TW: I will be very interested about your subanalysis regarding these 14% who had never heard of it. You know, when you talked about your sample and what provider type they were, you have a pretty hefty number of resident physicians that took the survey. And so I'm curious. You know, are the folks who are more likely to have never heard of it -- were they residents? I could see your point; maybe they only got, you know, 25 minutes on PrEP and that was it. But I would be even more concerned if it was attending physicians, physician assistants, nurse practitioners, that have been practicing.
AJS: We looked at provider type. And there were no statistically significant differences in their attitudes. We actually held off on the resident physicians till the second wave of surveys because we didn't want them to dominate. And we had limited incentives, because it was from our budget. So we tackled attending physicians, NPs, and PAs first. And then, after they had gotten one or two reminders, then we added in the resident physician bunch. But there weren't statistically significant differences.
You would think there would be, because they're younger, probably more accepting attitudes of LGBT persons and gender [or] sexual minorities, in general. But in this case, no.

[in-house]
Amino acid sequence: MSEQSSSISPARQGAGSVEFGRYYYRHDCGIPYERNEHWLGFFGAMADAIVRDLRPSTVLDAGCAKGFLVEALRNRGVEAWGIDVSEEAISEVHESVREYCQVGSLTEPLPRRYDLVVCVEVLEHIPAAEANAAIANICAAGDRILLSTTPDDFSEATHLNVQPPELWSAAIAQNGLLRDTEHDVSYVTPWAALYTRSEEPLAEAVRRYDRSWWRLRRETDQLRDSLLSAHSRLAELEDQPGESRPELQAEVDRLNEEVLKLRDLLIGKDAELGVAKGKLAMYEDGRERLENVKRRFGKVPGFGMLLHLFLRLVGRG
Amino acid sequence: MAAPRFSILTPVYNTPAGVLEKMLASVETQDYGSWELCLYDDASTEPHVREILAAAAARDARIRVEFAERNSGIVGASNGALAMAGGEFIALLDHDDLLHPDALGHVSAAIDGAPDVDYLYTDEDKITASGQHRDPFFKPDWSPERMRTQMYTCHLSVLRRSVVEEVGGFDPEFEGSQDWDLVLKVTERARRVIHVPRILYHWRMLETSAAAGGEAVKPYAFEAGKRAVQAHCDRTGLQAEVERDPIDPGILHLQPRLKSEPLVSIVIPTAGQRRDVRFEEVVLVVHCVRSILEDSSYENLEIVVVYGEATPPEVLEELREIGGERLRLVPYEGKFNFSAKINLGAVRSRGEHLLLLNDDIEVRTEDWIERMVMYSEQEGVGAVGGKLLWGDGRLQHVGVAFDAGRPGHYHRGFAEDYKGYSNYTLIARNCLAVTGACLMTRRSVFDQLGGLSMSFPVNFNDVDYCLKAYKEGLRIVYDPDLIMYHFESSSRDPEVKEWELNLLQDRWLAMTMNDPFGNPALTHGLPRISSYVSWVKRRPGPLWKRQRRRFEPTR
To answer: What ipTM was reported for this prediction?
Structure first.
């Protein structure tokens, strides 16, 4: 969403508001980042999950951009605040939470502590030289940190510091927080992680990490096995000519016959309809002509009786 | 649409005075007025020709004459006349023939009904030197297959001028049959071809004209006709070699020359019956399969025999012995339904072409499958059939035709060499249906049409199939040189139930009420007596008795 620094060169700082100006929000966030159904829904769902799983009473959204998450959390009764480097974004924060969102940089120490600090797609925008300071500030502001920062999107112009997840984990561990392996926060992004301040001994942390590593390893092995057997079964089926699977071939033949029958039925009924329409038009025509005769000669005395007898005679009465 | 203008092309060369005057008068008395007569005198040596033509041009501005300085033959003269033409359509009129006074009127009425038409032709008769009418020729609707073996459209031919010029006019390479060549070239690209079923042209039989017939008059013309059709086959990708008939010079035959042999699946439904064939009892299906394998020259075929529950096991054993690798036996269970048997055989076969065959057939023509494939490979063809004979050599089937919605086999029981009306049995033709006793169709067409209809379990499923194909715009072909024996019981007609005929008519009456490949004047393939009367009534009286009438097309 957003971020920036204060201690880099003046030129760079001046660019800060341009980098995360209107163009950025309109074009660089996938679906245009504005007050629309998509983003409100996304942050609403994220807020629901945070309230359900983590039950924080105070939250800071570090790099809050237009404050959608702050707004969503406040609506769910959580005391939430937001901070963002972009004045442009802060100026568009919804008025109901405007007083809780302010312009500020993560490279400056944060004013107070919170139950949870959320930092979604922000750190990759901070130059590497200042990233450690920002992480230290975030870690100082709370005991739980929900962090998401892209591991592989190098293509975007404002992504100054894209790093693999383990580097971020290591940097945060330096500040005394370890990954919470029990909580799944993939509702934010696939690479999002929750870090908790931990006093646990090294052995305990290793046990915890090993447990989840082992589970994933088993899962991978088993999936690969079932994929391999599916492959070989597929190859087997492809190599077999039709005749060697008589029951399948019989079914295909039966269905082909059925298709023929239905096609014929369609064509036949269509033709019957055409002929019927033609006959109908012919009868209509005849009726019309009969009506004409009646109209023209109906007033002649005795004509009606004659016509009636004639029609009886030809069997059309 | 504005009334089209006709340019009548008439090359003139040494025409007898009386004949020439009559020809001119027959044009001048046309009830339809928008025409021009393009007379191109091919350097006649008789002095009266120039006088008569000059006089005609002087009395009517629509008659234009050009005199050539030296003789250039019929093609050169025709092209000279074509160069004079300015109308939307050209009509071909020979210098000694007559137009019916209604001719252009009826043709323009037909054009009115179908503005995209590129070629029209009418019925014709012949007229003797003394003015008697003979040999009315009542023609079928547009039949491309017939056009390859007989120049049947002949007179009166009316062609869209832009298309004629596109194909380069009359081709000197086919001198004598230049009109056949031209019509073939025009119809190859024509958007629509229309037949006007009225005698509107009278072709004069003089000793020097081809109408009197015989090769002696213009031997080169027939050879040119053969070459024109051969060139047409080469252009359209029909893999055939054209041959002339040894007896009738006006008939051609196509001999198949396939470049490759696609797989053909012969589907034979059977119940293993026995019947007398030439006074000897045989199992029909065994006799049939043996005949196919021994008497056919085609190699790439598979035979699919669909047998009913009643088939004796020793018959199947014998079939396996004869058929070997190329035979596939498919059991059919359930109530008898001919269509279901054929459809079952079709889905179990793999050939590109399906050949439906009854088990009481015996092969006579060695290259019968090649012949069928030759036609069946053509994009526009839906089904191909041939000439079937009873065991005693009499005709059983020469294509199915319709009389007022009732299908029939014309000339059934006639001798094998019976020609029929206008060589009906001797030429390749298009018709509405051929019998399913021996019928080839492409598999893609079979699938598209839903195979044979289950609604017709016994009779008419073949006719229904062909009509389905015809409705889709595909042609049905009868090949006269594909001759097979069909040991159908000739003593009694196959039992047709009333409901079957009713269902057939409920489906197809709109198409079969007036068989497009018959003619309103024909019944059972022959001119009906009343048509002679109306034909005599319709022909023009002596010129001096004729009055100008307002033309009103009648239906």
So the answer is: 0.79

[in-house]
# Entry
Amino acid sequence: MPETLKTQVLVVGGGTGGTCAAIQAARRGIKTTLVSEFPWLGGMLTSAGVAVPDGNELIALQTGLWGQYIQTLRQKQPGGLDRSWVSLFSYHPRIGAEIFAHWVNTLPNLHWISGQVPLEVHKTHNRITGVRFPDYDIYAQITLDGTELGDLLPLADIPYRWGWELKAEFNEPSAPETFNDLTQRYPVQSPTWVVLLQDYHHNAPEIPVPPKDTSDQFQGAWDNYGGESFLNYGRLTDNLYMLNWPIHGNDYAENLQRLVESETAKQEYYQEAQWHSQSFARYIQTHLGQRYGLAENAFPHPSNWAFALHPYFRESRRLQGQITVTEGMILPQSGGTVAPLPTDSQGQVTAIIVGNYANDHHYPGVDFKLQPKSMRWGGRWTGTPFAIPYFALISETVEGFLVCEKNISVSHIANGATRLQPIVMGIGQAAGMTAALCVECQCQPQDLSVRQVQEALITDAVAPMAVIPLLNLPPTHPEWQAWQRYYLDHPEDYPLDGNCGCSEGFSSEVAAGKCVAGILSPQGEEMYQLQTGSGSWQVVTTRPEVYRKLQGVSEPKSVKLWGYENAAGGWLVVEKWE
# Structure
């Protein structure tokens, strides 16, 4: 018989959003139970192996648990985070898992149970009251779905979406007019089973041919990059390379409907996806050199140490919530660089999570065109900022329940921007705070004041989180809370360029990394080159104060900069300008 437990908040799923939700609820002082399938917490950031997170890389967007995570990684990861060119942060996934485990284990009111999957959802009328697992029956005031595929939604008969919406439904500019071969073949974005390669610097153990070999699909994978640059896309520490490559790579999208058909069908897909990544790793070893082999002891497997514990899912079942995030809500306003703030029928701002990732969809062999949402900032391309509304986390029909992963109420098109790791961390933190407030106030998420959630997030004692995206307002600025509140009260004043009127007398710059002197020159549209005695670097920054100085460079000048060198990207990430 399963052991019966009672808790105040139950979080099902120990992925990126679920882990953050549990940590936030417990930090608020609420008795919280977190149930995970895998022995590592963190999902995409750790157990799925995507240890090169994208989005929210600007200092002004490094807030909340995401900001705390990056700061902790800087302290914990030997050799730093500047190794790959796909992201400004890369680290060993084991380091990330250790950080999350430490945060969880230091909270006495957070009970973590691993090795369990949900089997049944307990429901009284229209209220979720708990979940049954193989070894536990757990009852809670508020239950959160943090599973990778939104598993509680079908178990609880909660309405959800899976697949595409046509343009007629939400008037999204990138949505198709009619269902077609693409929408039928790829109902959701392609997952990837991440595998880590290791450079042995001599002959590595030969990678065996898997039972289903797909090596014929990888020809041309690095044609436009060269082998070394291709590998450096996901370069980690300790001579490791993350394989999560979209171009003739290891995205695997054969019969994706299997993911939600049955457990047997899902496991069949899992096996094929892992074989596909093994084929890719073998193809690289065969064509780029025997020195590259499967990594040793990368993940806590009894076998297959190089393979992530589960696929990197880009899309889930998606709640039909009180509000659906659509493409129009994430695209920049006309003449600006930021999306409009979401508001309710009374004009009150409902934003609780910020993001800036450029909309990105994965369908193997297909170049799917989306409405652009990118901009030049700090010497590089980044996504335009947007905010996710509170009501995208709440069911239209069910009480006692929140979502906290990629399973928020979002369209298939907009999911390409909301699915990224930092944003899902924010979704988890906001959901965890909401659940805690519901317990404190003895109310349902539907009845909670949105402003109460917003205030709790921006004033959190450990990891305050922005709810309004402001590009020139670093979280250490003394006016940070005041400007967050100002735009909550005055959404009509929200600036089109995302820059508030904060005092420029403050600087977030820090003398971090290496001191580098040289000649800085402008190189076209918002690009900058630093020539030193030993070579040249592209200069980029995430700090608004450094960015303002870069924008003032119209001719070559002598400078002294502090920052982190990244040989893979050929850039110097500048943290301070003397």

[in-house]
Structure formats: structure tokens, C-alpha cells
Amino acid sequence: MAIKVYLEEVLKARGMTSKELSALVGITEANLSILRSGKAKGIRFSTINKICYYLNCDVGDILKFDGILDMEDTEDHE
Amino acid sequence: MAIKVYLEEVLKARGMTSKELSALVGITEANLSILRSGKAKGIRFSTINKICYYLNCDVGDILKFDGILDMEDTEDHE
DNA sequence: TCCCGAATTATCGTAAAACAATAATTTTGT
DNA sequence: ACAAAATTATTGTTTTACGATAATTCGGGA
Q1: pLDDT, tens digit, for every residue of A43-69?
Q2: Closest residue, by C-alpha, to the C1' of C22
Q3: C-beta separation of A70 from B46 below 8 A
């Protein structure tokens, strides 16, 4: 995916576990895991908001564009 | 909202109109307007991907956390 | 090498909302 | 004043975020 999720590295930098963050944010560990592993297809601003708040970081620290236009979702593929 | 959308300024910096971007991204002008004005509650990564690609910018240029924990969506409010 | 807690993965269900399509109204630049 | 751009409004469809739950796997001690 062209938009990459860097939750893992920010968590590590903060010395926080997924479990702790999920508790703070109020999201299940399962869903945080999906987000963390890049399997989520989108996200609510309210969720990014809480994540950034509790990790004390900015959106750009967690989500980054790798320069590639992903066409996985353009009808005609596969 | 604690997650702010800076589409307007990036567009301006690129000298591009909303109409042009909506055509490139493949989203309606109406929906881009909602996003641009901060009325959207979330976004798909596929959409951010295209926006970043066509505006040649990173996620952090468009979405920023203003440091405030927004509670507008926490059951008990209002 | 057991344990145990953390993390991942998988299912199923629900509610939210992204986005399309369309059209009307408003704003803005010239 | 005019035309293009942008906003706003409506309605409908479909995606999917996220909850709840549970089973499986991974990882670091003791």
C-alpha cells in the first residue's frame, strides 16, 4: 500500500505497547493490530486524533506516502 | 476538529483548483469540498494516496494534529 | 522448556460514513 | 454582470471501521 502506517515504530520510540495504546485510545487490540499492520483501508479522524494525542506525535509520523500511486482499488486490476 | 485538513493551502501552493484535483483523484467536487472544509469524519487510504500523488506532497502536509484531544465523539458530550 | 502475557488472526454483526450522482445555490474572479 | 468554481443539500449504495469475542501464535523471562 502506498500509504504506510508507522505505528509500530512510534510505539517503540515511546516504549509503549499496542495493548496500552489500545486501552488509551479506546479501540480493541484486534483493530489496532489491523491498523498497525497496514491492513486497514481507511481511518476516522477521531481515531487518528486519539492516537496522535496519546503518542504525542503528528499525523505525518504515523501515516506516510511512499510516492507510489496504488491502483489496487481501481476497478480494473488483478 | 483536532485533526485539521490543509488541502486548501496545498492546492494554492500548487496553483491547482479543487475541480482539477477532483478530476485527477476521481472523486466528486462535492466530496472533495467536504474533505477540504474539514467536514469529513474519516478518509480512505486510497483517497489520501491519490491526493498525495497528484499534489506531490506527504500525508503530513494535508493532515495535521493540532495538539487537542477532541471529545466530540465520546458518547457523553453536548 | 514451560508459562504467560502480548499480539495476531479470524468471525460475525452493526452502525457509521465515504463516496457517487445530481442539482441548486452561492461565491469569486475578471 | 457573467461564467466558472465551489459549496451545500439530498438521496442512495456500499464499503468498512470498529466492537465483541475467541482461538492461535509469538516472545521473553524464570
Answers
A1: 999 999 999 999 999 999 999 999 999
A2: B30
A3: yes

TW: So, it sounds like having a great strategy to kind of take this data that you have and really put it into linking people to these resources, not only around PrEP, making sure people are aware of it, making sure there's no confusion about that this is a primary care issue, making sure people understand that PrEP side effects are really nothing to prevent you from prescribing, that behavioral interventions are a package with PrEP, that it's not siloed.
You reported that a little over half reported little to no experience treating LGBT patients. So, if there was an intervention with clinical education, would it not only just mean about PrEP, but also is there a need for providing culturally competent care for LGBT patients?
AJS: Yeah. And I think with that question in particular, a lot of people make assumptions about people's gender or sexual orientation. Both these health systems in the last year or two have made a conscious effort to collect better data and not make assumptions by the way someone looks, or that their sexual orientation equals their behavior and those kinds of things.
So it's gotten better. But it's not perfect.
And these are both major academic medical centers that you would think would be doing best practices when it comes to data collection but traditionally haven't been. But they are making steps in the right direction.
Terri L. Wilder, M.S.W., has been part of the HIV community since 1989. She served on the New York Governor's Task Force to End AIDS, was recognized by POZ magazine for her work in HIV, and is highlighted in the book Fag Hags, Divas and Moms: The Legacy of Straight Women in the AIDS Community by Victoria Noe. She loves this community and will keep fighting until the epidemic is over.